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Ask Dr. K
HERPES DORMANCY

QUESTION
I was recently diagnosed with genital herpes after suffering through a severe first outbreak. My new partner has herpes and five to six days after he gave me oral sex, I developed herpes on my genitals. He and I have been getting conflicting information about the likelihood of him being the one who passed it on to me. Doctors and clinicians have told him that it's rare that he could have transmitted the virus via oral sex without having a current outbreak. He was also told it's possible that I have had the virus for a while and am just now having my first outbreak. It seems to me very likely that he is the transmitter. Can you offer any information on the likelihood of passing Herpes I from mouth to genitals without sores? And what is the likelihood of having an outbreak within two weeks of infection versus carrying the virus dormant for an extended period of time before an initial outbreak?

ANSWER
Herpes can be transmitted from partner to partner without any symptoms. Your outbreak seems related to your recent exposure, although it's very hard to ever say for certain when a virus may have been transmitted. About 50 to 80% of the adult population in the United States have oral herpes.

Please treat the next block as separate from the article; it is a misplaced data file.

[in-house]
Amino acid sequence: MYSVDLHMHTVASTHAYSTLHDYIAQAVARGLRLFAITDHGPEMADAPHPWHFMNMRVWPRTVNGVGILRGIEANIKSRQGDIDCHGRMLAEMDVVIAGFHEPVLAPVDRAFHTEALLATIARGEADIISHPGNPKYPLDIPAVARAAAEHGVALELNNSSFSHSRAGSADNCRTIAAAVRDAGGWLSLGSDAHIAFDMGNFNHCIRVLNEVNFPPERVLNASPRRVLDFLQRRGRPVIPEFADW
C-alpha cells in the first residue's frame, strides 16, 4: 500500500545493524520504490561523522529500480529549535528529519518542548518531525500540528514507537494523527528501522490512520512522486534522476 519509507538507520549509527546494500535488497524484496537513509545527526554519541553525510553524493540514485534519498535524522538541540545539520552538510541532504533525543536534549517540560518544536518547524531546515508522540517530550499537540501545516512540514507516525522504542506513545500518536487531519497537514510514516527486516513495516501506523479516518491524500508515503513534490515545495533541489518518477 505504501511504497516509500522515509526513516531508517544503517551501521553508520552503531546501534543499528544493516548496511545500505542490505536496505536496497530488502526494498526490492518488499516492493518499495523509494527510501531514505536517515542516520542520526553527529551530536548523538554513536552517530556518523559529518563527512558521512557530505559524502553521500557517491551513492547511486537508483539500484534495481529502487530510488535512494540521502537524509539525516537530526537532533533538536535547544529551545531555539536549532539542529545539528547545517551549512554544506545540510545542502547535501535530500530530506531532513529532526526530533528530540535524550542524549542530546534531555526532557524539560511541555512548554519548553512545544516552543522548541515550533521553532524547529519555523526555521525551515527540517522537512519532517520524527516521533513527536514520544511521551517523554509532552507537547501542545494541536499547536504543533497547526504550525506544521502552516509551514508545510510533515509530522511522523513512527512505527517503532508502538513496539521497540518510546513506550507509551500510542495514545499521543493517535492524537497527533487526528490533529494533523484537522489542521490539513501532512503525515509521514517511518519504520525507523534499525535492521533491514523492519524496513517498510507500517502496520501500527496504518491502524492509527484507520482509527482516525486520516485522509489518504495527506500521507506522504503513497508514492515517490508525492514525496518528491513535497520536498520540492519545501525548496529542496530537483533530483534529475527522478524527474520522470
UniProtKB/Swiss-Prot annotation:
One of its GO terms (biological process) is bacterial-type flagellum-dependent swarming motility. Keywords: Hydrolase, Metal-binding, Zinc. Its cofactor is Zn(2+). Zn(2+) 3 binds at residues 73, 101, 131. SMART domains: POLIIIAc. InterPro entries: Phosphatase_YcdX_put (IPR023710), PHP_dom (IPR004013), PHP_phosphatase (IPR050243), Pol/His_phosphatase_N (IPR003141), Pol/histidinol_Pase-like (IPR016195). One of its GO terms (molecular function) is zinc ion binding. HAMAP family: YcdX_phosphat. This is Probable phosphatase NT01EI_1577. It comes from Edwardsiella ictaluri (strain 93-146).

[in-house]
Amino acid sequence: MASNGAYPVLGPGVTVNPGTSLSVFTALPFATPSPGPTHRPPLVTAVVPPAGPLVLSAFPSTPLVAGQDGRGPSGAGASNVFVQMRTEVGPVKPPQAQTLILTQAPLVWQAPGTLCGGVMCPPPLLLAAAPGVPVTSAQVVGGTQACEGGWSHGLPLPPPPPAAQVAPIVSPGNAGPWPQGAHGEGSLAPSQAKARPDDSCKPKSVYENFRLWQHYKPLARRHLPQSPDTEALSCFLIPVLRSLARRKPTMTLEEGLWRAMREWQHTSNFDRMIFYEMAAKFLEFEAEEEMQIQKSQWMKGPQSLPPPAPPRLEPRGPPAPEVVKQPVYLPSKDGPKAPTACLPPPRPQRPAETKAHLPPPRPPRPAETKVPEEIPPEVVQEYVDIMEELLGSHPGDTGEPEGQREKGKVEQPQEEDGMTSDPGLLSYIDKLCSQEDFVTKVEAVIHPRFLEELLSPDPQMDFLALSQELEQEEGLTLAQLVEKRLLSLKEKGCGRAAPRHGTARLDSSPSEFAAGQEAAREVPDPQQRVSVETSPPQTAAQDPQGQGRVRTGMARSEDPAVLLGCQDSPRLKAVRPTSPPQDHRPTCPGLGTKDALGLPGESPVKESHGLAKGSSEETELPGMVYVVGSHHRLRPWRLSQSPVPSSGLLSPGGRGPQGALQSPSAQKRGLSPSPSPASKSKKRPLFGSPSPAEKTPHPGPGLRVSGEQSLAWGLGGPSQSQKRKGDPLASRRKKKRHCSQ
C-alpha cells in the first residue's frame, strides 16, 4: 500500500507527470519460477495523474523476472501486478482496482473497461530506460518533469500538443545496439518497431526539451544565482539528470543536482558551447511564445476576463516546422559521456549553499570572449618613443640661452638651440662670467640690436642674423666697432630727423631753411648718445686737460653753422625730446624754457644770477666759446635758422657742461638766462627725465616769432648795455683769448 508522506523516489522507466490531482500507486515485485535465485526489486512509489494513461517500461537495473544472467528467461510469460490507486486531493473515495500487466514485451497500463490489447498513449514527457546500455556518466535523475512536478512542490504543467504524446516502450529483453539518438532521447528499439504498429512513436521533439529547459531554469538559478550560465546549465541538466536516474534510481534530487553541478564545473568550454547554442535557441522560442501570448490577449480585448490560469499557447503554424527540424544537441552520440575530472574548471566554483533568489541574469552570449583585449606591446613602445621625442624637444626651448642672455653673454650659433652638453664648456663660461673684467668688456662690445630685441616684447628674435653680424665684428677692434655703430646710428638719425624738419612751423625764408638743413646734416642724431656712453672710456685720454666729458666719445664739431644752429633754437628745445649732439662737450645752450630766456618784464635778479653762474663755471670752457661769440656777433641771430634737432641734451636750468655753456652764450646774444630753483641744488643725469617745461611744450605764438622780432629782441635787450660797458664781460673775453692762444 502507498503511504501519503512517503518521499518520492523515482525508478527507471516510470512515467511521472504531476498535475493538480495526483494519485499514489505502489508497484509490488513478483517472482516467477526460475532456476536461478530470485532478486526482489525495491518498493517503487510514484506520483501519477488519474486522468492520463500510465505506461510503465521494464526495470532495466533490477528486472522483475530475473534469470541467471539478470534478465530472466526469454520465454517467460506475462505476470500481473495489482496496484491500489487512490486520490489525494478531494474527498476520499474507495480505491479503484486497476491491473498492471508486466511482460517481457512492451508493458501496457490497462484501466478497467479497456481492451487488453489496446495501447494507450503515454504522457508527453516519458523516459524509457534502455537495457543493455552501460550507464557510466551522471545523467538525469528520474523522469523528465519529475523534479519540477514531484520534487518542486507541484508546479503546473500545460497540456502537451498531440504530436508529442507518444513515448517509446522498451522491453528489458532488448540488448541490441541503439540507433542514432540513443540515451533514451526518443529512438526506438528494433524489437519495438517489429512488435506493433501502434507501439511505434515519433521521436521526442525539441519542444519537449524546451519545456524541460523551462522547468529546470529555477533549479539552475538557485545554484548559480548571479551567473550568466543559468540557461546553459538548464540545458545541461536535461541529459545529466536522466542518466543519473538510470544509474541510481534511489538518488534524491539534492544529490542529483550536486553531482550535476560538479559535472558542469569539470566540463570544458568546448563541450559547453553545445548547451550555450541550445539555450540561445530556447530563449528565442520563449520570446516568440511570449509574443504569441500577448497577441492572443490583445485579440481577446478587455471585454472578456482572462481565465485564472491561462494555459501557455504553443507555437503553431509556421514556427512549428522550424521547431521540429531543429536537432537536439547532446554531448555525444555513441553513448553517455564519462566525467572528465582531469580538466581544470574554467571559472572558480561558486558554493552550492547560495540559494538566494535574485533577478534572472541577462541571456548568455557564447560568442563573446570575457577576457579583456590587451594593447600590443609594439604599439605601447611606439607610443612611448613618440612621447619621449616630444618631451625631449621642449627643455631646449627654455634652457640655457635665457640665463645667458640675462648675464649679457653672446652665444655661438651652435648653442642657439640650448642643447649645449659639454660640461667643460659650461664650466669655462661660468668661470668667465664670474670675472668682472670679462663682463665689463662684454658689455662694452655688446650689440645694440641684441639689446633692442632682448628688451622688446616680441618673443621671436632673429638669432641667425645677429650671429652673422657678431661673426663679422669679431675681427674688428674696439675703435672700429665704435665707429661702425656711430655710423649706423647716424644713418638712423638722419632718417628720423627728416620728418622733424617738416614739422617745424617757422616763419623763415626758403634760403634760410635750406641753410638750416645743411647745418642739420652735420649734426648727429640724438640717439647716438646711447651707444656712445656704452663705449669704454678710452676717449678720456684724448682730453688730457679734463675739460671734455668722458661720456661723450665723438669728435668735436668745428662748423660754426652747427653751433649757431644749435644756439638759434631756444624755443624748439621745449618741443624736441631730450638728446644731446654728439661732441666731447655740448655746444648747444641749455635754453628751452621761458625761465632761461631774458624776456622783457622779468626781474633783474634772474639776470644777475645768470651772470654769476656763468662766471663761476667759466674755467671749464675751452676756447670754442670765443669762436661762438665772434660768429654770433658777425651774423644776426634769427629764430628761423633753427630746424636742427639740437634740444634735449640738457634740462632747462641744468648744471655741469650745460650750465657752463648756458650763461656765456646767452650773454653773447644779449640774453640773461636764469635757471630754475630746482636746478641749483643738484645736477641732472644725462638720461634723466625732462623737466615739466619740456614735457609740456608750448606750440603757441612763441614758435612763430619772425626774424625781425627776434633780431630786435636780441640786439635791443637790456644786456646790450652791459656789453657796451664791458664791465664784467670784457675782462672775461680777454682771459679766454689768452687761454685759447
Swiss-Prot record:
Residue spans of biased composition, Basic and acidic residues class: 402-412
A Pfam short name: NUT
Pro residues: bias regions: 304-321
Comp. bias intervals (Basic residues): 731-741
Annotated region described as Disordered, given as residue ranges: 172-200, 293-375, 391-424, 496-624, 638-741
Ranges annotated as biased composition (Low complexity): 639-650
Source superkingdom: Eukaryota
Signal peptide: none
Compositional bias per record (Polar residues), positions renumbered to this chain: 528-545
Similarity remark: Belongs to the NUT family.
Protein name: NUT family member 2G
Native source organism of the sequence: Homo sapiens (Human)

The only way to prove that your current outbreak is new is to have a culture test of the genital lesions turn out positive right now, and a blood test for the same type of herpes being negative right now. If a second blood test a few months later turns out positive it would confirm that this is a new infection since the blood upon new infection takes time to become positive. Please note that these blood tests are expensive and not readily available.

If it is Herpes type I, recurrences are less common than in type two, which also argues for new infection over re-activation. However, with herpes, as with any STD, a diagnosis shouldn't be about the blame game. What it should be about is good communication between you and your partner(s), education about the disease and the best way to stay healthy, and limiting transmission to others in the future.

To your health,
Dr. K


   
 
Last modified on Tuesday, June 03, 2008.
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